Lamar Nix  


Spartina at Sunset by Lamar Nix

November 2020 - Spartina at Sunset

About the Image(s)

This summer I have been getting acquainted with my drone/camera - learning what works and does not. This is an image of the marsh grass, or spartina grass as its known, from about 50 feet elevation. Lighting was just before sunset when the light is almost parallel to the water's surface, thus giving good contrast between grass and water. I find that composition is challenging, and am eager to get your views on how best to take on this subject. Shooting conditions: DJI built-in camera, iso100, 1/100 seconds exposure.


9 comments posted




Pierre Williot   Pierre Williot
Interesting perspective that would be very difficult to do without the drone.
It looks like there is motion artefact on the top portion of the image - I would have tendency to remove that portion.
Funny to see the reflection of the cloud on the top left corner but cropping the upper grass would remove this cloud. Is the original large enough that you could rotate the image and remove the motion blur?   Posted: 11/15/2020 15:18:35
Lamar Nix   Lamar Nix
Hi Pierre. Thanks for your interest and comments. A crop of the top of the image is attached here - please take a look at it and see what you think. It appears to be less sharp, but does not seem to be motion related. Is it lens softness in that area?   Posted: 11/16/2020 19:25:12
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Pierre Williot   Pierre Williot
Maybe as this is at the edge of the image. I am not familiar with this lens and drone. I am still amazed at the type of pictures one could get with these devices.   Posted: 11/24/2020 11:50:58



Frans Gunterus   Frans Gunterus
Hi Lamar, I think you have successfully create an impact into this image and make my eyes wondering what's it. The side light is just perfect to me. One thing that I learned from you shooting with drone do not have to be really high. My brain is always imagining aerial landscape when shooting with drone. I agree with Pierre the light reflection on the top left corner and small bush on the top right is a bit distracting. You ight want to remove them. Nice Work Lamar.   Posted: 11/18/2020 03:43:49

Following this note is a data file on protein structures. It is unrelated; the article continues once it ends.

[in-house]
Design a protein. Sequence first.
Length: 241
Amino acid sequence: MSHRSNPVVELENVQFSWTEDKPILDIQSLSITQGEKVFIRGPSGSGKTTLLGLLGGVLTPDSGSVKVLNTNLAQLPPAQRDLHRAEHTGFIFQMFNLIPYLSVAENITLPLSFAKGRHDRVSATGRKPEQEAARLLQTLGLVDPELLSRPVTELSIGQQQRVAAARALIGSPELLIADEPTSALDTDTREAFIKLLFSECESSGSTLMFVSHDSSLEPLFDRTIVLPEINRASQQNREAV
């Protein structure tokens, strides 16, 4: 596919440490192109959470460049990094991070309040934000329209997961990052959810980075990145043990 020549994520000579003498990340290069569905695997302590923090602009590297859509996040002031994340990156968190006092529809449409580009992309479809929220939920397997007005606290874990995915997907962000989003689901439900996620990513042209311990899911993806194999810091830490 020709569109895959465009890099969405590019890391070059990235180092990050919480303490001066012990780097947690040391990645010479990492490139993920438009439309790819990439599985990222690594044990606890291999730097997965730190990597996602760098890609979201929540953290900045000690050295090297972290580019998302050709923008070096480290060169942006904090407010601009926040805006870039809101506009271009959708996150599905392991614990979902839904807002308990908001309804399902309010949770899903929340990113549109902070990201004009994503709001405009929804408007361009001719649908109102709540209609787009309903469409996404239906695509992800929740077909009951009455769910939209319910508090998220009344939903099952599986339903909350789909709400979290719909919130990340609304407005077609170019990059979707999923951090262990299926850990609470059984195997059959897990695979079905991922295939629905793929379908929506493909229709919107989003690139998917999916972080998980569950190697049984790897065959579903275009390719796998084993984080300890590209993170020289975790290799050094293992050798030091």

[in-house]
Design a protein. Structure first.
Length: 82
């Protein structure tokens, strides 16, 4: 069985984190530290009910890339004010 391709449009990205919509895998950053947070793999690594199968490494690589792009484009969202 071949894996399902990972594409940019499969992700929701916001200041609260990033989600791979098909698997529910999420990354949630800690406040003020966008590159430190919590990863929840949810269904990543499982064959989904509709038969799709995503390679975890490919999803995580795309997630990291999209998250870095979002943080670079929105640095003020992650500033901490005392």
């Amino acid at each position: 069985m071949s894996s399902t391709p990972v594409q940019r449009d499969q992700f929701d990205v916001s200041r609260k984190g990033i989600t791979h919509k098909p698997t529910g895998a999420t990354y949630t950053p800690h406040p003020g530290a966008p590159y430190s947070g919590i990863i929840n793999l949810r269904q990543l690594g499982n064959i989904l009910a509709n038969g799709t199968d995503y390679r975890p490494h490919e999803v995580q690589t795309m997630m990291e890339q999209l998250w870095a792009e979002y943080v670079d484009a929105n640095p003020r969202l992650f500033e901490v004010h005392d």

Lamar Nix   Lamar Nix
Thanks, Frans! For sure, composition with a drone is a challenge.

Kind regards,
Lamar   Posted: 11/24/2020 19:55:36



Kathryn Engle
Interesting photo and how fun to learn how to photograph from a drone. I like the side light on the grasses. Are you able to change much on the settings on the drone camera? I agree that the small bush on top right is a bit distracting but easily removed.   Posted: 11/18/2020 13:03:14
Lamar Nix   Lamar Nix
Kathryn, there are several camera controls, but the challenge to me is that my first priority has been flying the drone. It has happened a couple of times that while messing with the camera, when I looked up, the drone was not in sight! I have a "return to home" function available to me, so it was not a big deal, but was unsettling nonetheless.

The "bush" is another island of grass. Framing the shot consists of changing the angle of tilt, rotating the drone/camera, and raising or lowering the altitude. For me it has taken some getting used to
Thanks for your comments.

Lamar   Posted: 11/24/2020 19:42:54



Todd Paige   Todd Paige
Hi Lamar,

I like the idea of drone based landscape photography. I don't have a drone but it seems interesting. I think some of the most interesting images I've seen tend towards abstraction or "near abstraction". Take a look at Michael Shainblums you-tube channel. He has a video which includes drone images called "Abstract Landscape Photography" from Nov 11, 2020. I also noticed the motion artifact which was a bit distracting. I took the image into PS and tried to transform the image a bit more into abstraction just to see what would happen. I'm looking forward to seeing what you create with the drone.
Todd

  Posted: 11/23/2020 17:37:57
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Lamar Nix   Lamar Nix
A very creative "abstraction"! I will check out Shainblums' works. I am fascinated with the possibilities with the drone but for me it requires a different kind of visualization from on-the-ground photography!

The "blur" you refer to is some sort of visual aberration, but it is not exactly motion blur. You can take a look at the crop in my reply to Pierre and see that the image in that area becomes softer , but upon magnification, without obvious motion artifact.
Thank you for your helpful comments!   Posted: 11/24/2020 19:53:07



 

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